To make sure that kids caught in the confusing world of foster care have a road map to a more secure life, state law requires casehandlers to meet with children and birth parents to draft long-term goals. But according to a recent report, the majority of parents are unaware that these important procedures even exist–or that they have a say in the process.
New York State regulations requires both parents and children over the age of 10 be given written notice at least two weeks in advance of the Service Plan Review meeting. However, 46 percent of respondents to a 1997 survey said they had never been invited to such a meeting, and only 28 percent indicated they were informed of the right to attend subsequent face-to-faces. Of those who did hear of the initial meeting, 59 percent said they were notified less than two weeks before the date.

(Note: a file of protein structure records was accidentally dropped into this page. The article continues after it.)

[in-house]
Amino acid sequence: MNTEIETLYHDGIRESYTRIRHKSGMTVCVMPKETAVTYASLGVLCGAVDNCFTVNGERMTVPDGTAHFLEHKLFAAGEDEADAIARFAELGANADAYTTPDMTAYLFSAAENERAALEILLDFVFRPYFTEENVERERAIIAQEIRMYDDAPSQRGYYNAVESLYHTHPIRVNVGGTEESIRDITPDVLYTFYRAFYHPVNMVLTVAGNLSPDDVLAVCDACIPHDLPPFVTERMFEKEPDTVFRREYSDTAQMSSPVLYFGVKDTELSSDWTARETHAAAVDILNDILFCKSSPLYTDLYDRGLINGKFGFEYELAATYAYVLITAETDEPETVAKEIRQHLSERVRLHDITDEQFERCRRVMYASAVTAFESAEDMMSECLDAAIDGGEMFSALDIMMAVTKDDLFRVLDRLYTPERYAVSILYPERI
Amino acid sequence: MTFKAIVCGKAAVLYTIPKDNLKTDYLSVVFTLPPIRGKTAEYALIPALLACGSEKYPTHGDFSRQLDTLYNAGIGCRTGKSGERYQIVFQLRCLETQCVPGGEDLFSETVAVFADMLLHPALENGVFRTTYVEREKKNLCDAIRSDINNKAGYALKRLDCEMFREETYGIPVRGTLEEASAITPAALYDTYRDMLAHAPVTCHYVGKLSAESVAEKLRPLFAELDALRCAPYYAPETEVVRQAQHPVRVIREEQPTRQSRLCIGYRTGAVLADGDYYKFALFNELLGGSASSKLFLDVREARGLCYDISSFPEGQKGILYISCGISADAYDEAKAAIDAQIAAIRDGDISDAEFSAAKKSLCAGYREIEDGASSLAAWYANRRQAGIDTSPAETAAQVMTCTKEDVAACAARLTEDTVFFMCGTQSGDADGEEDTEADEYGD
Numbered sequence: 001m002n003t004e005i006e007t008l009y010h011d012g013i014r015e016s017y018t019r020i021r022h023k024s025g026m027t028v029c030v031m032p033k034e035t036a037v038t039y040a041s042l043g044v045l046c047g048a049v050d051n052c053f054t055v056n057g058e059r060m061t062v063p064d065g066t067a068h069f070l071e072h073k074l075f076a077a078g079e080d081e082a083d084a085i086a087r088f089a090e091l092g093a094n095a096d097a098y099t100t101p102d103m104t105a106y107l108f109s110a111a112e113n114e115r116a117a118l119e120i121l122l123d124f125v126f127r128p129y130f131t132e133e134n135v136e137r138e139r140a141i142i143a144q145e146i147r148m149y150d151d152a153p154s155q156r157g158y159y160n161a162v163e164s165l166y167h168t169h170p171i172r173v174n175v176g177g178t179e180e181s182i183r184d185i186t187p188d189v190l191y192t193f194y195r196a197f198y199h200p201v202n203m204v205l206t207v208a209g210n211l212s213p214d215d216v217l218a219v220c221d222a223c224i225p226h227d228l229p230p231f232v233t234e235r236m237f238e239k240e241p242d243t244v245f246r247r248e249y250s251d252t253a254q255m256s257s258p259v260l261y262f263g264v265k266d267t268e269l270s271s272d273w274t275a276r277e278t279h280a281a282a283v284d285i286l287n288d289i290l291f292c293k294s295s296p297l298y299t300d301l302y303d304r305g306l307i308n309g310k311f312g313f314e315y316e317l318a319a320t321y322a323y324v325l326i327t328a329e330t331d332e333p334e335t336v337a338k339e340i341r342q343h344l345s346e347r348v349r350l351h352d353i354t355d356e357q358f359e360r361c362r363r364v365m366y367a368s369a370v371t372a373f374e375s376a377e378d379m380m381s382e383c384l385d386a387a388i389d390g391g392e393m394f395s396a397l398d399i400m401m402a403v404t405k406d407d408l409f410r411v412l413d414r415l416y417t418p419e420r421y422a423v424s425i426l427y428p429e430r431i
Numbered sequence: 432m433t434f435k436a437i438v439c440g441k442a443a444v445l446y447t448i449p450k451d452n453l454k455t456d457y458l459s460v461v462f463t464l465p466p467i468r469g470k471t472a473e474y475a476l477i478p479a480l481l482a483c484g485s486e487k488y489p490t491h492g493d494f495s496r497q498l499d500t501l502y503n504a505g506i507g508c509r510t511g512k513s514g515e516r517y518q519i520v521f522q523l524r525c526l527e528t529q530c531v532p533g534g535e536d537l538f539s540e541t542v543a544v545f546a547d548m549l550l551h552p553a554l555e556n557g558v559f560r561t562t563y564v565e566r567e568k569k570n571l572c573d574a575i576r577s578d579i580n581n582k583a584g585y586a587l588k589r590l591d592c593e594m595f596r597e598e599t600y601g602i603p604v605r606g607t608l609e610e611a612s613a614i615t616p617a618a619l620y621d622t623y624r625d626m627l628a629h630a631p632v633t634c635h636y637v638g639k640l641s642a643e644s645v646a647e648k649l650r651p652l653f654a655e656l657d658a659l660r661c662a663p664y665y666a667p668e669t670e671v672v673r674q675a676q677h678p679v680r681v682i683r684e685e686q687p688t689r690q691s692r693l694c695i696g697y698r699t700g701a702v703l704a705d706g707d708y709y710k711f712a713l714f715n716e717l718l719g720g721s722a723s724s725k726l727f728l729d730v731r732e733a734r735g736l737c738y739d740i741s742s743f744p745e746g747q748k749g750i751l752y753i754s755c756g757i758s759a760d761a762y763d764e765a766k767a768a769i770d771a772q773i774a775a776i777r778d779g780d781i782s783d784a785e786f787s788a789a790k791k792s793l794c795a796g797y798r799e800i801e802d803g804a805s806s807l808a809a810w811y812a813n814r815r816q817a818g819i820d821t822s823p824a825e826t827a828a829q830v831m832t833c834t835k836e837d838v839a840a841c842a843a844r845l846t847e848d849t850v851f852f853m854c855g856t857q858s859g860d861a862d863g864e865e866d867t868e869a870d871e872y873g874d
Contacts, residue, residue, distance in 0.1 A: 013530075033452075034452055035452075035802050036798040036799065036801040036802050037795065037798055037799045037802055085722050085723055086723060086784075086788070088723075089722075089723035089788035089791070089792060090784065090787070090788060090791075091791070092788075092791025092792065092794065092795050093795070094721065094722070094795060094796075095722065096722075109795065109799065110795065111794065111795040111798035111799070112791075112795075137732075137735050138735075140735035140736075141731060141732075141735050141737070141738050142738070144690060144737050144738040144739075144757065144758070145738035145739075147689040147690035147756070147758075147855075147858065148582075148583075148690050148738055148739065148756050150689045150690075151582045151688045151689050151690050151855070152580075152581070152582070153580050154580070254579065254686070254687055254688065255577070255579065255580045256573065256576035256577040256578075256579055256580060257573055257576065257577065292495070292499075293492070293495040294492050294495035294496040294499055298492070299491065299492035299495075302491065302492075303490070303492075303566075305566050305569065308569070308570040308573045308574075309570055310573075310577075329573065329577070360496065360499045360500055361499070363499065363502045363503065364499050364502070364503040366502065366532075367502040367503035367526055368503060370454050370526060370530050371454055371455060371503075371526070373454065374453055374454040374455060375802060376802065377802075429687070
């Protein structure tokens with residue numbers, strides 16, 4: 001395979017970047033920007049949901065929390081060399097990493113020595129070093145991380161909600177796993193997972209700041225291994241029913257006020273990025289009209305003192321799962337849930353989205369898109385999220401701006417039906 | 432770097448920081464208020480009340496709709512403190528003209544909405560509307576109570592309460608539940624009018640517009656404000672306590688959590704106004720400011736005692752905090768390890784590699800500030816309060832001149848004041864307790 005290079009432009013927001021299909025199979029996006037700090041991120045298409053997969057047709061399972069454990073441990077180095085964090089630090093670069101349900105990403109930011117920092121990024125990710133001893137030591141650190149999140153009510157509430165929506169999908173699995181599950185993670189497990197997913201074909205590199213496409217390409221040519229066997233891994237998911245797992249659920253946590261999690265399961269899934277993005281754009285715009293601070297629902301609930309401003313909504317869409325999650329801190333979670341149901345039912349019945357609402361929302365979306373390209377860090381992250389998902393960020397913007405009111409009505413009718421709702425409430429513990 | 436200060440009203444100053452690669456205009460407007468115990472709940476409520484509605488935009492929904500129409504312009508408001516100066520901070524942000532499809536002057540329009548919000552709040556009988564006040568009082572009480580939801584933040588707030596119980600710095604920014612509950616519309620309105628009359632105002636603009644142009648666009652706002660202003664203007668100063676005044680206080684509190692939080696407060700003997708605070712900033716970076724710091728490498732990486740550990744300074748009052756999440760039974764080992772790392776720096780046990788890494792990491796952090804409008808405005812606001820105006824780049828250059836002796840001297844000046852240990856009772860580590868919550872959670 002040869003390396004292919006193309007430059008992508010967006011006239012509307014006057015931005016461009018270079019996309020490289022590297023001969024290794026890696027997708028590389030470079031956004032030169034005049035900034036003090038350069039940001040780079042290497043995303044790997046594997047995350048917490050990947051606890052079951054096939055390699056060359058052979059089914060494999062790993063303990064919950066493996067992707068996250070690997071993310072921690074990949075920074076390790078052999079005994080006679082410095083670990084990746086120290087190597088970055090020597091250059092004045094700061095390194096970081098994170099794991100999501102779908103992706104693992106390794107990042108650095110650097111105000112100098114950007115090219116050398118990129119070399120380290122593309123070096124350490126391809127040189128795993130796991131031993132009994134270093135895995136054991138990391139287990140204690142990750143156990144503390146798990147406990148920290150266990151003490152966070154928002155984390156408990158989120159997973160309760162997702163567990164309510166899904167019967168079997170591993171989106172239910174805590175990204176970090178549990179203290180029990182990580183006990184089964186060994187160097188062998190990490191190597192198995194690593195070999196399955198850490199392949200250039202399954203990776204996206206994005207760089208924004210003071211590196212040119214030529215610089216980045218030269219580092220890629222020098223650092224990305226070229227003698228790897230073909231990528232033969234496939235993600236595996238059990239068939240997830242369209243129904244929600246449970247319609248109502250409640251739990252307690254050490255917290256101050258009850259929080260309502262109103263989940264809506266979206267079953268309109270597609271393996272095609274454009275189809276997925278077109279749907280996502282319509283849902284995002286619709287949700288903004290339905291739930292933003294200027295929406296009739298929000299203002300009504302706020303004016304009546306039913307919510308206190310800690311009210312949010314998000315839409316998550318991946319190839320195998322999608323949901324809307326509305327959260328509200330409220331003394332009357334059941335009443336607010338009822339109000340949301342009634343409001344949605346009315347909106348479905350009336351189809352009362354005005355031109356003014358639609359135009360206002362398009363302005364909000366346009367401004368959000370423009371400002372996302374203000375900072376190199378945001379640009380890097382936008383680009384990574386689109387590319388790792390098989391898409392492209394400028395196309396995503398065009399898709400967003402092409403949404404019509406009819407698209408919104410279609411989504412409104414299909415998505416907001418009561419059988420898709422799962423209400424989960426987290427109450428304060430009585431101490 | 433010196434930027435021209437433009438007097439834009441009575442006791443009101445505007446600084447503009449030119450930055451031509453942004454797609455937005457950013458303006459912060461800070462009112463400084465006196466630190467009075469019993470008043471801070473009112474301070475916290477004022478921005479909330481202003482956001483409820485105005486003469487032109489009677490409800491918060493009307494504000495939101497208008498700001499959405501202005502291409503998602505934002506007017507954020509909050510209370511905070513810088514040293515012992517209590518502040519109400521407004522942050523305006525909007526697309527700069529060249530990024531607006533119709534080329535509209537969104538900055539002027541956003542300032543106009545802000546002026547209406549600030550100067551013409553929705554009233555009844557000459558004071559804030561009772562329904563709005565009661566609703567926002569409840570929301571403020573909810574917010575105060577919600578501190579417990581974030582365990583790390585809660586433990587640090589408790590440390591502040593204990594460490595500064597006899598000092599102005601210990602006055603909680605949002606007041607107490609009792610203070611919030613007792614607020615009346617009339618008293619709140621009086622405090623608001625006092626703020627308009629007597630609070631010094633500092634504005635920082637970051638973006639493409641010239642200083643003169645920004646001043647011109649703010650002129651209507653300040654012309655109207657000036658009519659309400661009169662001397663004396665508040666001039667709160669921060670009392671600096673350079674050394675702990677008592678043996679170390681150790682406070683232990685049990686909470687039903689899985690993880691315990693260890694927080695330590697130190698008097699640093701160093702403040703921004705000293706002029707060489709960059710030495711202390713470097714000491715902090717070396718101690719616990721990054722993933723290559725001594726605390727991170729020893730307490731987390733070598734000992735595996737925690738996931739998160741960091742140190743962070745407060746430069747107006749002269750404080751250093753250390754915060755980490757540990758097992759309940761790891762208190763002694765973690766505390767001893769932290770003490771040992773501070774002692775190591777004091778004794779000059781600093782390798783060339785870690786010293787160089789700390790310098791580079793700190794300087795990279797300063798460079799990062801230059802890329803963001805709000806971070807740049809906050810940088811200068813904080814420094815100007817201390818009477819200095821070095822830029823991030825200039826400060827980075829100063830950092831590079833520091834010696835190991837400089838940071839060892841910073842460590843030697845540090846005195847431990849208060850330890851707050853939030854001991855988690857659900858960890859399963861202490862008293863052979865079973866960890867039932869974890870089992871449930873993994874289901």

The findings, published in a February report by The Door, a youth services nonprofit, also show that 73 percent of the respondents didn’t know about the existence of a Universal Case Record, the document that outlines the quickest and safest way for a child to leave the foster care system. “Parents [who are] able to provide loving homes sometimes spend years separated from their children because they did not know what was required of them,” the report concludes. Recommendations include better tracking by the city’s Administration for Children’s Services and a systemwide program encouraging parental involvement.